That out-performance has frontier markets, often perceived as less liquid and more rough and tumble than their emerging peers, trading at a slightly higher valuations. In reality, that scenario is not surprising because frontier markets, as measured by FM, have delivered positive returns, while emerging markets from China to South Korea to Russia have been described as inexpensive all year. [These EM ETFs may be Gaining Momentum]
“At this point, FM equities actually command about a 5% premium over EM, even though the premium has historically gone to EM. This reversal makes FM look somewhat expensive, even if it does have more room to recover than either emerging or developed market equities,” writes Michael Ide for ValueWalk.
Some investors may view the valuation premium now commanded by frontier markets as risky because of looming changes to FM. Equity markets in Qatar and the United Arab Emirates, a combined 32% of FM’s weight, have made significant contributions to this year’s upside for frontier stocks. In May 2014, those countries shed their frontier status and depart for the MSCI Emerging Markes index, meaning Kuwait and Nigeria will dominate FM. [Frontier Markets Lose Some Shine]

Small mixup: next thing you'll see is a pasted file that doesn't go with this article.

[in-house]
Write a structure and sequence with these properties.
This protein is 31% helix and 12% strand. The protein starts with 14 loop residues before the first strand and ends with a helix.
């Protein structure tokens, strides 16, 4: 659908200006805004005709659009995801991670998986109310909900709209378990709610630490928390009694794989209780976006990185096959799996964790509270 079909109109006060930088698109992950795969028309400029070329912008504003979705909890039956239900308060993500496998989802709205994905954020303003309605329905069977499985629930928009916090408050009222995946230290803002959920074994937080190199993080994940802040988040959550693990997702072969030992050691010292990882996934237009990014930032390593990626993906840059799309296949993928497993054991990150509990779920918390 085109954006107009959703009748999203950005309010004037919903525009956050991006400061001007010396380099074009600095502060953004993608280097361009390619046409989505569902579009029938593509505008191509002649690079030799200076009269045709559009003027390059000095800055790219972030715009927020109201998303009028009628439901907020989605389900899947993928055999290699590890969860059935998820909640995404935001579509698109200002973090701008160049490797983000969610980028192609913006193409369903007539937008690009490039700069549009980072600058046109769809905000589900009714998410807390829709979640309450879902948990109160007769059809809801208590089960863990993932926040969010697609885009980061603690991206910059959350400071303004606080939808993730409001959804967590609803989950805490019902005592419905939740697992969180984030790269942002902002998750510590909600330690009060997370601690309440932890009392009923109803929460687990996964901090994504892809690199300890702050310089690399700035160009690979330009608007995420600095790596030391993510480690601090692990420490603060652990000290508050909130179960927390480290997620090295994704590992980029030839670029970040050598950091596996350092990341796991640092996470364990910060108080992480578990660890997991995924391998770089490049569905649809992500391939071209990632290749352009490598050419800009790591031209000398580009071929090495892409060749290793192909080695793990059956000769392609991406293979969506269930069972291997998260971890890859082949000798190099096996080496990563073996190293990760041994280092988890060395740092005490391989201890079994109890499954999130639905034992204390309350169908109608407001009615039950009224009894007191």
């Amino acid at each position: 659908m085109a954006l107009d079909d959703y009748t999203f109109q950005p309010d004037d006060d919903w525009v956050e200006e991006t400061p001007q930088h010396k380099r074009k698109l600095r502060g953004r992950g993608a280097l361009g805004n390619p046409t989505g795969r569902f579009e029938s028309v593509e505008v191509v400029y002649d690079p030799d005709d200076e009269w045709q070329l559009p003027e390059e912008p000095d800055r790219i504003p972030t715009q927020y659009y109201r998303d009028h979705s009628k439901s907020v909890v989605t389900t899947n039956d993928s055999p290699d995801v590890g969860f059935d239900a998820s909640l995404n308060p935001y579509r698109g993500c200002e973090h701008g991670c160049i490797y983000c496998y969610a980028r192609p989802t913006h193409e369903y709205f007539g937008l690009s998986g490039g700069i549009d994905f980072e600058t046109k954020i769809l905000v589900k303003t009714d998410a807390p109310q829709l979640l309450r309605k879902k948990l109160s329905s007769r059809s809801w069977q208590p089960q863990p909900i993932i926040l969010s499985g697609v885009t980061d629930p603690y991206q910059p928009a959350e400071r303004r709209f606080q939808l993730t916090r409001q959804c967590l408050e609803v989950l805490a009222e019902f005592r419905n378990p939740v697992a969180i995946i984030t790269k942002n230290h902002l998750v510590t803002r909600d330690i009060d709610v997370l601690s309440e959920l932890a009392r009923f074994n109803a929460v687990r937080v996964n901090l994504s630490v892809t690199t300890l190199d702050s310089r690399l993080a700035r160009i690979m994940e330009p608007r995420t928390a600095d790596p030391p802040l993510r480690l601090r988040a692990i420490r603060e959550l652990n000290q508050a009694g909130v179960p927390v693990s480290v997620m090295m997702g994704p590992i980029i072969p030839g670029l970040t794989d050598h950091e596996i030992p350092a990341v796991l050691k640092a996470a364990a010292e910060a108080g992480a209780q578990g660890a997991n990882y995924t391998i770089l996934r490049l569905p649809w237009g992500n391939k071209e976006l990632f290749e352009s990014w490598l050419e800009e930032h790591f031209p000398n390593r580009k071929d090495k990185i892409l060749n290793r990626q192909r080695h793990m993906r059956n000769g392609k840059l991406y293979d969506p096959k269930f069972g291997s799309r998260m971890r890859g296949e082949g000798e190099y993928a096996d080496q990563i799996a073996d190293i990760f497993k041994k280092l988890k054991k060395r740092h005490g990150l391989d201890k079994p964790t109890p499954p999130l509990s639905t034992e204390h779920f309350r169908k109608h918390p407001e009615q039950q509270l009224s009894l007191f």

Citigroup notes “frontier markets are still 47% below their pre-crisis peak, compared to EM 22% below their peak,” but adds that increased investor interest in frontier markets is making value harder to find, according to ValueWalk.
Analysts have also expressed concern that as more Western investors embrace frontier stocks, volatility and correlations to emerging stocks could rise. Low correlations to developed and emerging stocks has been a source of attraction for investors considering frontier equities. [Frontier Markets Could See EM-Style Volatility]